If you are confused about all the different Teachers’ Pensions Schemes, and what they mean for you, we are here to give you some basic guidance. Depending on when you began in teaching you will be in the NPA 60 & 65, or in the scheme called CARE. If you are trying to plan your retirement, it is important to know what each scheme offers and how this will impact your decision.
Some definitions within the Teachers’ Pension Scheme
There is much terminology in Teachers’ Pensions Schemes. Like with everything in the teaching profession, we scatter everything with acronyms and seem to speak to each other in code. Let’s deal with some of the terms first.
TPS is used as an acronym for Teachers’ Pension Scheme. You are automatically enrolled in this scheme when you begin employment in a state school or participating independent school.
NPA stands for normal pension age. This is traditionally 60 for women and 65 for men. NPA 60 & 65 is the industry code for the final salary scheme.
CARE stands for Career Average Revalued Earnings. This replaced the final salary scheme in 2012. We want to congratulate the person who came up with the acronym for the excellent marketing strategy. You could almost imagine the excitement in the meeting when they realised what this spelt out.
Final Salary Scheme means that your pension is calculated by multiplying your average salary by the number of days that you worked in pensionable service and then dividing this by 80 (NPA 60) or by 60 (NPA 65). You will also receive a lump sum of three times your annual pension.
Career Average means that your pension is calculated as 1/57th of your pensionable salary for each tax year you contribute to the TPS plus a percentage amount dictated by the Treasury to account for inflation.
What this means for your retirement planning
For your retirement planning, there is a single significant fact that could influence your choices. The NPA for anyone under the age of 50 is likely to be NPA 66 – 68. This means you will not be able to claim your full teacher pension until much later, even if you choose to retire earlier than this. If you decide to retire earlier than this, then you can, but your payout will be reduced based on the number of years early you retire.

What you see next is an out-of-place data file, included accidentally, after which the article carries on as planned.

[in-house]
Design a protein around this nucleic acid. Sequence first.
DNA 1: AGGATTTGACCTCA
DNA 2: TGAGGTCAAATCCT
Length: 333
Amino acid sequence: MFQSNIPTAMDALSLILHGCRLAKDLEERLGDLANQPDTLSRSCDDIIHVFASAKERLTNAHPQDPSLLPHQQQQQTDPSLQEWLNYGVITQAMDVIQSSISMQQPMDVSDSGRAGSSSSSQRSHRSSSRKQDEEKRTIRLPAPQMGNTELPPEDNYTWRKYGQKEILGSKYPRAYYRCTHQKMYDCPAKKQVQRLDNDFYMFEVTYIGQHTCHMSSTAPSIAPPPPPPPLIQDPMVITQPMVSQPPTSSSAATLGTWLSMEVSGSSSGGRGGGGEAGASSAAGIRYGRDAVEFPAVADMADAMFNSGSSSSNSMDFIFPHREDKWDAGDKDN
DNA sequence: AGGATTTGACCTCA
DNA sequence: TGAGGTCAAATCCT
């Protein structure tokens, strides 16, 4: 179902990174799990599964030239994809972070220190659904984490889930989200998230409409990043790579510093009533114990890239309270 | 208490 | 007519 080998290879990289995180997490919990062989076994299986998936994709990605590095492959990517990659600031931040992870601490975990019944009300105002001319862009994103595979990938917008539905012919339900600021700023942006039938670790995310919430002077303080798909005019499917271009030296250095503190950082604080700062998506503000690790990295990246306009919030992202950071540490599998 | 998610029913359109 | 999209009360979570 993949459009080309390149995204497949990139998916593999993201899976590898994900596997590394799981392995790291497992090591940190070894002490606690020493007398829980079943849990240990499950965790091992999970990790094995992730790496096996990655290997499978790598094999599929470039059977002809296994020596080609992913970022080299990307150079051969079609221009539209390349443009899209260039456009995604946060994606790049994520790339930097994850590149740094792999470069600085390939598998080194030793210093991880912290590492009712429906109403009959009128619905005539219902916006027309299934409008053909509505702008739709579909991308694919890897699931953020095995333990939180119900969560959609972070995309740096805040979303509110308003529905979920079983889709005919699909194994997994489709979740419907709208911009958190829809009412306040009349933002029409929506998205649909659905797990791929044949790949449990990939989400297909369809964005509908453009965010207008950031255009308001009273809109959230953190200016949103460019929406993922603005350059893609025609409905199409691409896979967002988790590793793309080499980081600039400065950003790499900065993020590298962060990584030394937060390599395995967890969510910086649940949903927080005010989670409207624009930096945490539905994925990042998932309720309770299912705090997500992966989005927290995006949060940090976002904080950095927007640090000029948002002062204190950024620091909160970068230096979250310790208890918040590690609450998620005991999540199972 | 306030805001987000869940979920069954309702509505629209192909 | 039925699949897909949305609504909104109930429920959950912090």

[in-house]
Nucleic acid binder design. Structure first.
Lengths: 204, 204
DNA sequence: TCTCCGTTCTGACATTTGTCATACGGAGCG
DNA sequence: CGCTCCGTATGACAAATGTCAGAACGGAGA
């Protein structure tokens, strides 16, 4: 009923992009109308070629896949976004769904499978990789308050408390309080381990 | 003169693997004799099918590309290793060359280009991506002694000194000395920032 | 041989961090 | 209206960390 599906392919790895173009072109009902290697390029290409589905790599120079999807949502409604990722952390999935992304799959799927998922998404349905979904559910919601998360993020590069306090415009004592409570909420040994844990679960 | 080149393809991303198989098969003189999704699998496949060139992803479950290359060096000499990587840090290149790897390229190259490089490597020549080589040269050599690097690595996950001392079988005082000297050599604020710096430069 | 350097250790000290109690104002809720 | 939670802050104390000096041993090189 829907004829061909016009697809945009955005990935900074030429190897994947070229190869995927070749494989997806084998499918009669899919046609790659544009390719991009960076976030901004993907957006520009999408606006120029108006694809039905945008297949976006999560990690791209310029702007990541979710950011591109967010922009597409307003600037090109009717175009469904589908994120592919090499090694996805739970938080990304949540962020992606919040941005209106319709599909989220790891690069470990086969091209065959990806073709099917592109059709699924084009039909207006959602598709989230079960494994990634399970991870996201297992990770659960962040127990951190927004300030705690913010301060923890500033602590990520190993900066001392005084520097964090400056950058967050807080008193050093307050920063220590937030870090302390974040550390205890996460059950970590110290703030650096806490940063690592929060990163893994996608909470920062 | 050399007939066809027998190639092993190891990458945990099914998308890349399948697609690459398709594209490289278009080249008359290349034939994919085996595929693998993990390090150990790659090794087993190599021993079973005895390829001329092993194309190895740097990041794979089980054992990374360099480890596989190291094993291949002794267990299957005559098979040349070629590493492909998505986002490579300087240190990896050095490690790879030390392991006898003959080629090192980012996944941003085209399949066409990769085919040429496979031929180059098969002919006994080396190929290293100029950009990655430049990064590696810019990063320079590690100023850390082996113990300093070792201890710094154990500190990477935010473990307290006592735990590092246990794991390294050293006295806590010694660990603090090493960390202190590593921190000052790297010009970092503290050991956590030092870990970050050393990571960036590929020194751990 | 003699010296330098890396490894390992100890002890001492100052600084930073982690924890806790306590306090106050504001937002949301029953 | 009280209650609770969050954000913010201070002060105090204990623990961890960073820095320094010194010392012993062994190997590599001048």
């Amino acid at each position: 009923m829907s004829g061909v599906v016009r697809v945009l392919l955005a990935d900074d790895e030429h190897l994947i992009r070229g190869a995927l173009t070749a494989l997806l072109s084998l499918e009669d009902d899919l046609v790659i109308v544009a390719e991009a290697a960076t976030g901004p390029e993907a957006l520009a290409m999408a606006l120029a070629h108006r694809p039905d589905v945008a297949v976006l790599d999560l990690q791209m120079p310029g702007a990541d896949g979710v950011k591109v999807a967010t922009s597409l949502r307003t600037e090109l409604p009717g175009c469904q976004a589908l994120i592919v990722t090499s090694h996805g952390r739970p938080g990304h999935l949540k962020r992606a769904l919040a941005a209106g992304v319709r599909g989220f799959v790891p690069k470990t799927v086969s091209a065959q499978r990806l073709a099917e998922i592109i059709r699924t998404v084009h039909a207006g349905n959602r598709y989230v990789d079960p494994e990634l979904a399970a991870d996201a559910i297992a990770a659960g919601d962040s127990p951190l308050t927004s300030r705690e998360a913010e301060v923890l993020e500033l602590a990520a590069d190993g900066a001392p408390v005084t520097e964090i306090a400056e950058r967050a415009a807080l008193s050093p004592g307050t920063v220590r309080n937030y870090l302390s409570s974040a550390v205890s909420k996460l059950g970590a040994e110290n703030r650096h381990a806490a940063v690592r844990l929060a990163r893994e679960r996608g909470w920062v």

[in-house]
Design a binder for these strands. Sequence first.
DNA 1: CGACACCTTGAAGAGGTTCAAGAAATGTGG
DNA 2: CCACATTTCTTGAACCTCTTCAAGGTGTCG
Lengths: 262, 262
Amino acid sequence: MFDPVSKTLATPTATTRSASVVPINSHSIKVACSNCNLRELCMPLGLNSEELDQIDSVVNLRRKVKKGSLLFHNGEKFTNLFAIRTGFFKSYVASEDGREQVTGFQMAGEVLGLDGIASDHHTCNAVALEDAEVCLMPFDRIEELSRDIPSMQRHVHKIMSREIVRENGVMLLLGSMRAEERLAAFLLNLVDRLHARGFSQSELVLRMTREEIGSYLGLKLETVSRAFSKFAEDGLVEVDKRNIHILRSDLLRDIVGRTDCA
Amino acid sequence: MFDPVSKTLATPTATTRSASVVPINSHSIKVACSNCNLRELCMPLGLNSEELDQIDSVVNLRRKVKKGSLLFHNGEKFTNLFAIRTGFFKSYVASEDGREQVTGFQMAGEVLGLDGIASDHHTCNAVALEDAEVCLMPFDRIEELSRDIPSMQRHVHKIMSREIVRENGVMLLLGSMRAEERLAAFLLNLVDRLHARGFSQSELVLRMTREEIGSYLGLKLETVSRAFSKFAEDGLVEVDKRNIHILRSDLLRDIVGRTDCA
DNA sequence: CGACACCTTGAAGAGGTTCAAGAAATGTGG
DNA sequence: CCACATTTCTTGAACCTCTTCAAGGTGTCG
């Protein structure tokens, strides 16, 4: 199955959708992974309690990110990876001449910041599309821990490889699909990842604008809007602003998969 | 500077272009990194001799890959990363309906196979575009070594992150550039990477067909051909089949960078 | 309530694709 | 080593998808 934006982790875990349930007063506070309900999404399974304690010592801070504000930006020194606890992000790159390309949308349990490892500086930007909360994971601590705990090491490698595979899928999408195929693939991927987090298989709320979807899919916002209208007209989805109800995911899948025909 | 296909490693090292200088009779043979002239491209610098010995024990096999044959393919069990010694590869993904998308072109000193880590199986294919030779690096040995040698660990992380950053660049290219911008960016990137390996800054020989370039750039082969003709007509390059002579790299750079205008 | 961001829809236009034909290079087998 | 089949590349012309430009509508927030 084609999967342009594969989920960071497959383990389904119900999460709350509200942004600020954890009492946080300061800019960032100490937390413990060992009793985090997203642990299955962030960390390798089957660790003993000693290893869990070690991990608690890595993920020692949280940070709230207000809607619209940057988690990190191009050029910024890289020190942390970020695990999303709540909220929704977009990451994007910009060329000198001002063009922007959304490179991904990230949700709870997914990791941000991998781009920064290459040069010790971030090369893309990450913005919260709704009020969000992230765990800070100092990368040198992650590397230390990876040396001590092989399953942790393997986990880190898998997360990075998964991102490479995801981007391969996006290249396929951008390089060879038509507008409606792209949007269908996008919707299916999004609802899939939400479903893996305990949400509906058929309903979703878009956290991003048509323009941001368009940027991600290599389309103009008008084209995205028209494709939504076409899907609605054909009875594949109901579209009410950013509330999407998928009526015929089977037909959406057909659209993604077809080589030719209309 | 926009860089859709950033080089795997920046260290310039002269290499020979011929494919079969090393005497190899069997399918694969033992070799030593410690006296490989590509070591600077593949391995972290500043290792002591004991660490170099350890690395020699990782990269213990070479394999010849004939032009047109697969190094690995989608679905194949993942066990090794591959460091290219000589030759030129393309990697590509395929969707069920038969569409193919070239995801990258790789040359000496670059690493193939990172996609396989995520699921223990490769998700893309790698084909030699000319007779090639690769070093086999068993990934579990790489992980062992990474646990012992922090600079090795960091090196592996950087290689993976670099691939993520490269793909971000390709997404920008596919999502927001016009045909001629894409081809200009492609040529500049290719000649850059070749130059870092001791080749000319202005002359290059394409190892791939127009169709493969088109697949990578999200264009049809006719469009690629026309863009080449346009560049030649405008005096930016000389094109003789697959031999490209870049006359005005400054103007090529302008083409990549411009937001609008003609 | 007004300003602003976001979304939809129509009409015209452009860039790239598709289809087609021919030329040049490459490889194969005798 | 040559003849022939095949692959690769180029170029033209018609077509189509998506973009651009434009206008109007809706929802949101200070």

There are options for phased retirement for those looking to reduce hours, and so making working longer more manageable. Nobody wants to become that tired teacher in the corner with low morale and poor health. However, it is essential to seek advice because in the CARE scheme there are abatement rules. This means if you choose to retire and they are re-employed, extending service with additional employment, this could result in you making contributions to the CARE scheme and the later NPAs will start to apply. This rule was back-dated to all retirements that occurred since 2012 and has managed to surprise many teachers.
There are questions you will need to ask an advisor about Teachers Pension Final Salary v Career Average. The first is: what scheme am I enrolled in? The second is: how much will this mean for my annual pension payment? The third is: when will I be able to retire on my full annual pension payment? The answers to these questions will depend on when you began service, amongst others. Therefore, seeking professional advice is the only sensible option when retirement planning.
The content in this article was correct on 23rd December 2018. You should not rely on this article to make important financial decisions. Teachers Financial Planning offers advice on TPS and can help you with your retirement planning. Please use the contact form below to arrange an informal chat with an adviser and see how we can help you.